Nigerian-British author Helen Oyeyemi’s latest New Yorker Magazine interview reveals her perspectives on the city of Prague and place writing. She bases these observations on her recent novel Parasol Against the Axe set in Prague and released by Riverhead Books on March 5.

Oyeyemi’s latest novel is about storytelling in the city of Prague. Hero Tojosoa is in Prague on a bachelorette weekend hosted by her estranged friend Sofie. But the city has a penchant for playing tricks on the unsuspecting. Hero has brought a book with her “Paradoxical Undressing” which seems to be warping her mind: the text changes depending on when it’s being read and who’s doing the reading, revealing stories of fictional Praguers past and present.

According to the synopsis, Parasol Against the Axe considers the “lines between illusion and delusion, fact and interpretation, and weighs the risks of attaching too firmly to the stories of a place, or a person, or a shared history.”

Place and the slipperiness of place is key to Oyeyemi’s work. In the interview, Oyeyemi remarks that she lived in Prague in 2009, and liked it so much that she felt delusional. So she “dated other cities,” deciding to come back for good in 2013.

Although Oyeyemi’s new novel is set in Prague, there seems to be tension in the story about place and place writing according to Jennifer Wilson, Oyeyemi’s interviewer for the New Yorker article. Oyeyemi remarks that she is indeed uneasy about attaching stories to fixed places:

Once you start trying to nail down a place is when it begins to elude you. That’s especially the case with Prague. It’s hard to know what you’re talking about when you talk about Prague. Which Prague? Which aspect of it do you mean? When people talk about London, too, I don’t know which London they’re talking about. I know my very specific South London context, like the streets of Deptford. When I went to school in Holland Park, I would get on the Tube for forty-five minutes, and it felt like I had travelled across the world. It’s tricky to talk about a place. There is always some element of deception involved with trying to represent a place, and I wanted to be upfront about that in the text.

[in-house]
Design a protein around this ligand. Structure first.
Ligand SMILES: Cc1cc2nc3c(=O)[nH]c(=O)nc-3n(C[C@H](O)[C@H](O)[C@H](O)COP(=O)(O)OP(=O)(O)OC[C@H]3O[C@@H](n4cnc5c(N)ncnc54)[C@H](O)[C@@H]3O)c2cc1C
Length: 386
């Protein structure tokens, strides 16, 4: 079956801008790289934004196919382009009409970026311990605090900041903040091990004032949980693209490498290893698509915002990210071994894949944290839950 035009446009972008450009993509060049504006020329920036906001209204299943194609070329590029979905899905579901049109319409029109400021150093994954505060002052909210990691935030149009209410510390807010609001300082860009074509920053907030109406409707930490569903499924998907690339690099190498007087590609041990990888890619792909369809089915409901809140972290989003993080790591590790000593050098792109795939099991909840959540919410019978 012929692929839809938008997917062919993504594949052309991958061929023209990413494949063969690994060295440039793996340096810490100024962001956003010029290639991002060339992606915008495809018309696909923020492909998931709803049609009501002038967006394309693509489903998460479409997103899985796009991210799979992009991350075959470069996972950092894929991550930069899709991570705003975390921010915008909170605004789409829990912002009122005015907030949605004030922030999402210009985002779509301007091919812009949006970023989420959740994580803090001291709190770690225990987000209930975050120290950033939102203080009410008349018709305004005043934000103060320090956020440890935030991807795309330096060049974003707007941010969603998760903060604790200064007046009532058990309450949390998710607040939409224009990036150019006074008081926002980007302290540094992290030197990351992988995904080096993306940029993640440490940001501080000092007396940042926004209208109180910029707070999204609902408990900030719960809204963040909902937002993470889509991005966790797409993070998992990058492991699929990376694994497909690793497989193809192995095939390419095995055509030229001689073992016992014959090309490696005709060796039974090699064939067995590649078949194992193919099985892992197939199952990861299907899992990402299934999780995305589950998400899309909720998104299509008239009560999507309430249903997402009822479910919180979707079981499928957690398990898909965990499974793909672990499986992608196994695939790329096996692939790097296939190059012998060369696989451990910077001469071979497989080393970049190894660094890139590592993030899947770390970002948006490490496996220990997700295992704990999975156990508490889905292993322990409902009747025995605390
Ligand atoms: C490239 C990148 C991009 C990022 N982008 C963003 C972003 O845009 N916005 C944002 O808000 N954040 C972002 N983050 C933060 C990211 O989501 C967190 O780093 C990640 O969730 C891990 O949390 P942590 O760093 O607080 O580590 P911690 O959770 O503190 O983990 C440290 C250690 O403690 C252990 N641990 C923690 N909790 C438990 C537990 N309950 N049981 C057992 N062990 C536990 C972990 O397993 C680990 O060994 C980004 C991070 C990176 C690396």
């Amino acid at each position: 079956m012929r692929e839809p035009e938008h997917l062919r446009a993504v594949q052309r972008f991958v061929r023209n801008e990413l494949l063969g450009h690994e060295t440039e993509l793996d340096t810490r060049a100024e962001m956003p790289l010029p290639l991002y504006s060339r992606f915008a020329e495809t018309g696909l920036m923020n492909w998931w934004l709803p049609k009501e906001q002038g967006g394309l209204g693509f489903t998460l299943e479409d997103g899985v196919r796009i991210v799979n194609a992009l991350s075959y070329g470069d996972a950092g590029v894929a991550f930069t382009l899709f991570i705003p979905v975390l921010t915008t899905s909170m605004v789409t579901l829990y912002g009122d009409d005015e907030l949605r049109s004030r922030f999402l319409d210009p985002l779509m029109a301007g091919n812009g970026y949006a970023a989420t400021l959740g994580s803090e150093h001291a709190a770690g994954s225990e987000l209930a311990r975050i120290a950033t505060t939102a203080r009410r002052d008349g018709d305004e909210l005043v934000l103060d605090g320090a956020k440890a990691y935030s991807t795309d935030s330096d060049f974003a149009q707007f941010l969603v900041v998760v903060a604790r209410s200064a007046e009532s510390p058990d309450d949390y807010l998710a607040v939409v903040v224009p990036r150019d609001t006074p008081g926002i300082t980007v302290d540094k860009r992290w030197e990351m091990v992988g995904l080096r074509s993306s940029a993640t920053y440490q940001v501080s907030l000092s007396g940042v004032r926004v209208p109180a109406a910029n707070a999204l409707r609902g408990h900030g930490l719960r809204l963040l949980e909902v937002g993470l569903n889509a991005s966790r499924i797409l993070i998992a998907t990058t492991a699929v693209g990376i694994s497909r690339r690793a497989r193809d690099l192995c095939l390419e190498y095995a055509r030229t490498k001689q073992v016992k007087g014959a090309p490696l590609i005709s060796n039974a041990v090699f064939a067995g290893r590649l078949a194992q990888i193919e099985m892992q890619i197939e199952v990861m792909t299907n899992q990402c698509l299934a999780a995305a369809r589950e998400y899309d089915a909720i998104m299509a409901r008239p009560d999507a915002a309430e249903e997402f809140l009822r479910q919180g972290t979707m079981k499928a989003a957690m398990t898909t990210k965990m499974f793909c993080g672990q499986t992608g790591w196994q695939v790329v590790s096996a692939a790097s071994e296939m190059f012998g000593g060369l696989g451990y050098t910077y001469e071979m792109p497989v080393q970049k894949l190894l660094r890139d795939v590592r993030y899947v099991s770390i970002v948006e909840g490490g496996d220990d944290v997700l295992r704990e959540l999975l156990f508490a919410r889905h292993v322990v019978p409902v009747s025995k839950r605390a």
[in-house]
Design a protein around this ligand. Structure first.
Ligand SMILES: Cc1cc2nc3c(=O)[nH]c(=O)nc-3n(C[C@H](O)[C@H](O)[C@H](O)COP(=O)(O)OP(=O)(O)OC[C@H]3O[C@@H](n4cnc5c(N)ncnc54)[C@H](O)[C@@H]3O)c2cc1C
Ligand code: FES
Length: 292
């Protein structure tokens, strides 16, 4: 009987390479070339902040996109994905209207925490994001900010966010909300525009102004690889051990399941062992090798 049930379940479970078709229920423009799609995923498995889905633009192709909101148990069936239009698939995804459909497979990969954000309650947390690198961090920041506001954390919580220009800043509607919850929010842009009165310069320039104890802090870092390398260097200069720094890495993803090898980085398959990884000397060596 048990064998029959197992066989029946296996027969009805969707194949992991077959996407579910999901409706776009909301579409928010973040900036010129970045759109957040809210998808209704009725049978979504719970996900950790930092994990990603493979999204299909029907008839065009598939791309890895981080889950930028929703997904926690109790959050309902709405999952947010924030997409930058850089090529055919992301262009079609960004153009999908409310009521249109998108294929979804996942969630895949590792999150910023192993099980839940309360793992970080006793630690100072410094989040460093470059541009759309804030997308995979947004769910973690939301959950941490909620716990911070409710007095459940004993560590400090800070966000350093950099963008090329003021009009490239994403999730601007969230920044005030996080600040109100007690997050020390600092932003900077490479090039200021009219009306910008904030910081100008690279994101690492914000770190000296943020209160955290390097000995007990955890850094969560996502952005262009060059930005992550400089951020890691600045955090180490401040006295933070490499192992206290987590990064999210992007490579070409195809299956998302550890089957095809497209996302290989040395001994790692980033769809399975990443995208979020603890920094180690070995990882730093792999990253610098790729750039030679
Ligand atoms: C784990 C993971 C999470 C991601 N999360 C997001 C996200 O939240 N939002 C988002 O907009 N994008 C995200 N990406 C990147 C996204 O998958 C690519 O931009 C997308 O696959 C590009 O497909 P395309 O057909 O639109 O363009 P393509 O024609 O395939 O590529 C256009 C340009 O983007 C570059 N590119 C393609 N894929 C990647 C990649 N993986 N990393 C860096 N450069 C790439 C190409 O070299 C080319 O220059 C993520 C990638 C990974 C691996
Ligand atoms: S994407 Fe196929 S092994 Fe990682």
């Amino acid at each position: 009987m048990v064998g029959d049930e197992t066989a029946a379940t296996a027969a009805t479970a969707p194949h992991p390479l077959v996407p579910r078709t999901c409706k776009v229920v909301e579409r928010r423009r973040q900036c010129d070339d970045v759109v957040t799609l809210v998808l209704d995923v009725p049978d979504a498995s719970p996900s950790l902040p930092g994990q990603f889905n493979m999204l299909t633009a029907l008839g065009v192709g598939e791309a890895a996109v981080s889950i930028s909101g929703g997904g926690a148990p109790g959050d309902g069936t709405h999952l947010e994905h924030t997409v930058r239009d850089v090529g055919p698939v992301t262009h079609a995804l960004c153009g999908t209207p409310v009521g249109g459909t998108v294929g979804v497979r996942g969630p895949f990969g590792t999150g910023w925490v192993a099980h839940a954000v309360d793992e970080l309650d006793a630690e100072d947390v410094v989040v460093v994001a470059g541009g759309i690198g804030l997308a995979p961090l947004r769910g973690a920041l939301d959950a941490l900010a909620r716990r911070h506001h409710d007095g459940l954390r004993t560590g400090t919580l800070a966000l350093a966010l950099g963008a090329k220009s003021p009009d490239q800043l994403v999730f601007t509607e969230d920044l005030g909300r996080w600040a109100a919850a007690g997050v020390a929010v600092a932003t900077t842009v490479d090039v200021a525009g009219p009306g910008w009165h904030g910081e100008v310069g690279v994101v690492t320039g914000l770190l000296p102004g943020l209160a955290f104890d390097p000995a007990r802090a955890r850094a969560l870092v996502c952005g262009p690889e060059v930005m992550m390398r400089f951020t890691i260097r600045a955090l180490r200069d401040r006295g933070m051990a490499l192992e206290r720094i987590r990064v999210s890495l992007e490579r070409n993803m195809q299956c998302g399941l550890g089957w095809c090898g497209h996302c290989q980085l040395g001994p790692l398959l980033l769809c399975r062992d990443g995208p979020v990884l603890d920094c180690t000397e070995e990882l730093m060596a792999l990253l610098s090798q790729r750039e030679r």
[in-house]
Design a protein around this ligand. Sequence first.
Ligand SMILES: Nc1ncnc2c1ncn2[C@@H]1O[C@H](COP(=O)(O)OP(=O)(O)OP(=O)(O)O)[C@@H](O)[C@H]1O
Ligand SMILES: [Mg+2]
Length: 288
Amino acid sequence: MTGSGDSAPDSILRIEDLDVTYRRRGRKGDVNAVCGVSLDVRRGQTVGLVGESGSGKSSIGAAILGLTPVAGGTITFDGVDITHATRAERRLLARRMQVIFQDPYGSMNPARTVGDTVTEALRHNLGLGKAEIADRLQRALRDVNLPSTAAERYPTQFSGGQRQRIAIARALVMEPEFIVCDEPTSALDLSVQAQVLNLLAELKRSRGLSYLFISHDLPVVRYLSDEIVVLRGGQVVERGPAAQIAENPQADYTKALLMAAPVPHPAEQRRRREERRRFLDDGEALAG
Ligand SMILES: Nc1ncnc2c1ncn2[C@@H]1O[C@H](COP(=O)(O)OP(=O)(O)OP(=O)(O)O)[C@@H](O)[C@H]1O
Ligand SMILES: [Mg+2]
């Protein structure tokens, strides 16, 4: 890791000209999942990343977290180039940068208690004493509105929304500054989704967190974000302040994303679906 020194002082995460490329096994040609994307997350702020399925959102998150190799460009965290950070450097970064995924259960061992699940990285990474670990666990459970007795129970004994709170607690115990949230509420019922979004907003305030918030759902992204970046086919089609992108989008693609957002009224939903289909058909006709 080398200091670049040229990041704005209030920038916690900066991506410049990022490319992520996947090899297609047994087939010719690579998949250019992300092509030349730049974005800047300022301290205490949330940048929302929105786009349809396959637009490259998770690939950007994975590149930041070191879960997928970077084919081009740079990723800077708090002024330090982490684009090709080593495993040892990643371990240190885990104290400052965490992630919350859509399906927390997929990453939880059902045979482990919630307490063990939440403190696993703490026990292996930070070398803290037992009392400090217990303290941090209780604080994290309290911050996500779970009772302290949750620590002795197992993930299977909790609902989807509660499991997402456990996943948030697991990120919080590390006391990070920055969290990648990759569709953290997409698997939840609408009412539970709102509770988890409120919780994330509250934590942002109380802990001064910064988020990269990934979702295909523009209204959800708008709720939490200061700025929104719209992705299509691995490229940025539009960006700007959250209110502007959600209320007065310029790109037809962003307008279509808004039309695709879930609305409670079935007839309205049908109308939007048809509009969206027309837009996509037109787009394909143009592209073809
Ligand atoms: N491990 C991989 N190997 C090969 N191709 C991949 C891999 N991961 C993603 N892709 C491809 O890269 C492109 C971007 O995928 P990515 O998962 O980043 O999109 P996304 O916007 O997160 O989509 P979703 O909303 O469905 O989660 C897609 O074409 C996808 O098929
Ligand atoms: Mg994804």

Oyeyemi’s uneasiness about deceiving readers when it comes to representing place in her writing is reflected in the novel as well. When Sofie’s fiancée, Polly, picks Hero up from the airport, she is intent on showing her “the real Prague.” Here, the real Prague is meant to represent the secret spots that only residents of the city would know where to find.

Oyememi argues she does not buy into this idea of the real Prague over the not-real Prague. They are just different versions of the city for different audiences:

Yeah, I think that’s a completely false dichotomy. Real and pretend are the same thing at different times. This is part of what I love about fiction and the reading of fiction. It’s allowed me to discern different types of imaginary. Even when it comes to media and political processes, it’s not a question of what is imaginary and what is not: it’s just a case of whose imagination is at work here. What is being acted on and who is being acted on? Who’s being shaped in this kind of delusory crucible? It’s a constant process that only fiction observes and embraces. That’s why I exaggerate so much in my fiction. Whatever can happen does happen. I’m delighted by letting the story run away with itself in that way.

We love that Oyeyemi sees place writing as a kind of reinvention of the city (of Prague in this case). She highlights “inner emigration”, an artistic movement where artists embrace the idea of inventing and reinventing places when their physical selves are not free to travel in such a manner. She laughs and comments, “My mind has to invent new countries that exist in the name of existing countries.”

Helen Oyeyemi is a British-Nigerian novelist and writer of short stories. Her third novel White Is for Witching (2009) was a 2009 Shirley Jackson Award finalist and won a 2010 Somerset Maugham Award. In 2009, Oyeyemi was recognized as one of the women on Venus Zine’s “25 under 25” list. Oyeyemi’s 2016 story collection What Is Not Yours Is Not Yours won the 2016 PEN Open Book Award.

Read the full New Yorker interview here.